But here’s the bad news. The cost of compliance, the rigidity of some standards, and unreasonable definitions in the rules still threaten the viability of a significant portion of small- to medium-size farms. The FDA needs to hear from the public about the changes it should make to the rules so that farms can continue producing fresh, healthy, and safe food.
Participants at the Produce Marketing Association’s Fresh Summit discuss FSMA in October 2014
Thanks to the APA, the FDA is required by law to give the public what is called a notice-and-comment period during the rulemaking process. The notice-and-comment process is a powerful democratizing tool and, we might even say, elegantly simple.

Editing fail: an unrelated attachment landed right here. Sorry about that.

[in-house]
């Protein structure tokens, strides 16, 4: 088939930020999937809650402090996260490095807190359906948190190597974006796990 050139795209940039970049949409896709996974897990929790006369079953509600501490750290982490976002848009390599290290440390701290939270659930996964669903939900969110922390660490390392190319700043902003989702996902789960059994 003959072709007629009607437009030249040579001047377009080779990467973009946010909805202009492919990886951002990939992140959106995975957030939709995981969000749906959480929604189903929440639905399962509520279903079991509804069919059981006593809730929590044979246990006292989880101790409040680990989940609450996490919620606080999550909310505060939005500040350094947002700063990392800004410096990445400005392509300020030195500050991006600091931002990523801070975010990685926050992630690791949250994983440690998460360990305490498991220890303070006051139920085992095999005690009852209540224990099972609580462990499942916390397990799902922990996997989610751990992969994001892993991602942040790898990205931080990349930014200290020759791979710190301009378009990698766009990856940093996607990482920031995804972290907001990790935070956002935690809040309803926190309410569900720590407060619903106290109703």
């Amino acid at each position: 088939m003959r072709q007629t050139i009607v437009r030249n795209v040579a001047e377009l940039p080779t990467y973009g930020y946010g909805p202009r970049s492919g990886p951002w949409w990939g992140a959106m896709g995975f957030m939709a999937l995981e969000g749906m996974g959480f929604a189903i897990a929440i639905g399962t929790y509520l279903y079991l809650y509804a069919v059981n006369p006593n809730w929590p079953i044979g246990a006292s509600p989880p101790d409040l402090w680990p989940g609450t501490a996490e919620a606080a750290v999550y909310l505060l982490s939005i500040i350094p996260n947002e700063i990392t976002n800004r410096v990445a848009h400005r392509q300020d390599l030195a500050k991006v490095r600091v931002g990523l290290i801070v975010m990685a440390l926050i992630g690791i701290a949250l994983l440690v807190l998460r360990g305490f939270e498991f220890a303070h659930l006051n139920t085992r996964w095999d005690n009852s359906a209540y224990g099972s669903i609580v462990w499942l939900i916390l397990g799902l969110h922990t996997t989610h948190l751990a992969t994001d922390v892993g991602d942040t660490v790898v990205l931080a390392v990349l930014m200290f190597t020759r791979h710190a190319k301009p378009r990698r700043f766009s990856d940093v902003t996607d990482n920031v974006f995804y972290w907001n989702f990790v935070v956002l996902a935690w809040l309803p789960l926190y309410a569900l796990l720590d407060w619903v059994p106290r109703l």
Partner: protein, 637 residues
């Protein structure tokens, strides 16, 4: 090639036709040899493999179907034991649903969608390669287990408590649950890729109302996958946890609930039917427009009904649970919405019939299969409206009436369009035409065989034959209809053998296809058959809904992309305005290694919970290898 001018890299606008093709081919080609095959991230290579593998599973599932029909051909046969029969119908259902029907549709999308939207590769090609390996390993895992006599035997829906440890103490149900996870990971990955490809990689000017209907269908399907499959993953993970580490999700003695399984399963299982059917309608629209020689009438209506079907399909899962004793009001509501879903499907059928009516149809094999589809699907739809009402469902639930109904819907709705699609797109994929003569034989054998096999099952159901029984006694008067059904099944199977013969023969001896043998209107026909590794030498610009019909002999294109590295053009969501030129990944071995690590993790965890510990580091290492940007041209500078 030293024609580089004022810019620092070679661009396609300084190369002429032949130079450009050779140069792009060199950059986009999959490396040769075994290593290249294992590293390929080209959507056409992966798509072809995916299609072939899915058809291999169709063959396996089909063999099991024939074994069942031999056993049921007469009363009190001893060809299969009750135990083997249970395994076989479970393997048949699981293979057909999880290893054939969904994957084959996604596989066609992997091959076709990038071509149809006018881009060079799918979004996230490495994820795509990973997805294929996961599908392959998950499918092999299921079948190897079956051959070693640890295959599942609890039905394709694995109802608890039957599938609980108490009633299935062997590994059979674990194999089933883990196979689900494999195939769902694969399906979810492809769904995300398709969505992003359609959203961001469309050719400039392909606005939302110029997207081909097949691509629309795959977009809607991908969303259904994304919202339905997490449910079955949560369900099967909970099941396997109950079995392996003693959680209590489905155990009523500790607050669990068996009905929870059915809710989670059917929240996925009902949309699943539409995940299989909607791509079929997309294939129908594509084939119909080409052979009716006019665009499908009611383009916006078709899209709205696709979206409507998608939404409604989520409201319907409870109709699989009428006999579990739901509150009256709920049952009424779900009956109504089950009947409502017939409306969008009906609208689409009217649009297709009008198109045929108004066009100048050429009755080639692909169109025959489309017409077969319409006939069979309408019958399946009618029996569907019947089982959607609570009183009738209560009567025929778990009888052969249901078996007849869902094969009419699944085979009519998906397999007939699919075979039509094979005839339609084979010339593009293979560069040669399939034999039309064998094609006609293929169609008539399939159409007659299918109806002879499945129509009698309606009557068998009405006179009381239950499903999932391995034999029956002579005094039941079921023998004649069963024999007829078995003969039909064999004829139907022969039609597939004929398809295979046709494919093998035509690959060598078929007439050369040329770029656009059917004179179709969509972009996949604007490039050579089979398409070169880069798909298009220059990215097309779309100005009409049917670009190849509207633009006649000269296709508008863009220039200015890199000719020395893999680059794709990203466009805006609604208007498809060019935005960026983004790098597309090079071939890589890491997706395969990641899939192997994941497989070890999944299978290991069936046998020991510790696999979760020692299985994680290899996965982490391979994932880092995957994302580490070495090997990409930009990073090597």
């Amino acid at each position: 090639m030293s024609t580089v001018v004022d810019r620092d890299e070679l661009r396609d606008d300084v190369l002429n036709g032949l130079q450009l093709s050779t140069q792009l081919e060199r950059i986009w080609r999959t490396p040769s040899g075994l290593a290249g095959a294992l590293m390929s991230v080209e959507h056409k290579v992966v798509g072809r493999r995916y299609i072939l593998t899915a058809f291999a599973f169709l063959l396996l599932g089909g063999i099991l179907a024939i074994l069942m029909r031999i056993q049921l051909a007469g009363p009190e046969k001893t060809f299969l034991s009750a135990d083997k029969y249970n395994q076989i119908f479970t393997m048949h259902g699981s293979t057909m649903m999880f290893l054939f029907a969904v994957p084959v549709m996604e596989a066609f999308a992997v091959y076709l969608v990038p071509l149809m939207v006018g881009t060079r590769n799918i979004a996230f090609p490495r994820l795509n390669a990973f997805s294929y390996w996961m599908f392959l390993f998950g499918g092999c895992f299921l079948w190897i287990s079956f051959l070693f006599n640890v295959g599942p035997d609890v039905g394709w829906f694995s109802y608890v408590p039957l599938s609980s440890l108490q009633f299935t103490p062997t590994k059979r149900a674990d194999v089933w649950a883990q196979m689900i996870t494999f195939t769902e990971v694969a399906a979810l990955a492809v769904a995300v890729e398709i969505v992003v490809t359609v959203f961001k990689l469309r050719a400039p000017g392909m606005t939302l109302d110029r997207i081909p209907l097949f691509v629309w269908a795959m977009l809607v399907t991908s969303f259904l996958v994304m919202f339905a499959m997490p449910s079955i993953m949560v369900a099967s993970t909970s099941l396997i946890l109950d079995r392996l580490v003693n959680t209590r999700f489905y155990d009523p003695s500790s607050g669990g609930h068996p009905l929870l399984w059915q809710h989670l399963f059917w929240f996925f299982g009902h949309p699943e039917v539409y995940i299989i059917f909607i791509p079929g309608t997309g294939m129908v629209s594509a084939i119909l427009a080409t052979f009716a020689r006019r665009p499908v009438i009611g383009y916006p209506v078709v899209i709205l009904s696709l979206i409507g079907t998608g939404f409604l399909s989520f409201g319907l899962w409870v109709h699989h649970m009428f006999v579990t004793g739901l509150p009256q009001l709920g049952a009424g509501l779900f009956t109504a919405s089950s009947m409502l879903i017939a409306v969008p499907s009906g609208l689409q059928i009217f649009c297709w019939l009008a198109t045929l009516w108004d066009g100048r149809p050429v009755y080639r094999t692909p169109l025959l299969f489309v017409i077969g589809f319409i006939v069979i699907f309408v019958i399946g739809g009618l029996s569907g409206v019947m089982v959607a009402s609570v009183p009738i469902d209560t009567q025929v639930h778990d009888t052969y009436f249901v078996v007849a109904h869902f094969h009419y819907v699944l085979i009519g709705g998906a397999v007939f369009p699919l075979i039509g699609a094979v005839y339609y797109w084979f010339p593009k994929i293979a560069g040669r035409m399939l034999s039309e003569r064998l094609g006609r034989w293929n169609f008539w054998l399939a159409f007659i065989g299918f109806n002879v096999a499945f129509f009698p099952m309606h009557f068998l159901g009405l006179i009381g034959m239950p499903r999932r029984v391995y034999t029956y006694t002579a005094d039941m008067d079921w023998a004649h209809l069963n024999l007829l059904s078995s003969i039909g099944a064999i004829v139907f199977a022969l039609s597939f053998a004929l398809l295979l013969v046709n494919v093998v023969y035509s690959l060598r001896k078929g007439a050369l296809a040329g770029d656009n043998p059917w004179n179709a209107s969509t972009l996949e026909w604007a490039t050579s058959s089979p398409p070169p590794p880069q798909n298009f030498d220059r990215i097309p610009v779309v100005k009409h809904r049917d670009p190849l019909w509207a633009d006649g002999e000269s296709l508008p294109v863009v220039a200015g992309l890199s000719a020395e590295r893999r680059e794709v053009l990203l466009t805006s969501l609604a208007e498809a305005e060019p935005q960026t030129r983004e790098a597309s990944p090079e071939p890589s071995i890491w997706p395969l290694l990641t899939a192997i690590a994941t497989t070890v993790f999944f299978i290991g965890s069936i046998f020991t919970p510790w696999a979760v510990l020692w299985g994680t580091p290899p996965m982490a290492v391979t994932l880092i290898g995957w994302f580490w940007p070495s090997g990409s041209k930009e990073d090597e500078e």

So, does that mean the administrative state is actually consistent with our constitutional structure? And, more immediately important, that we can save fresh, local food from the chopping block?
Well, on the one hand, as I discussed last time, the regulatory regime is arguably undemocratic. It’s a bureaucratic nightmare that diminishes efficiency, aggregates power in the executive branch, and excludes the voters from having a say in the slew of regulations that agencies pass each year.
On the other hand, the notice-and-comment process mandated by the APA makes agency rulemaking the rare opportunity for the public to interact directly with those who are writing the laws under which we all live (and eat!). The FDA is required to read and consider every single comment. Whether this makes administrative agencies like the FDA democratic or consistent with the Constitution is another matter.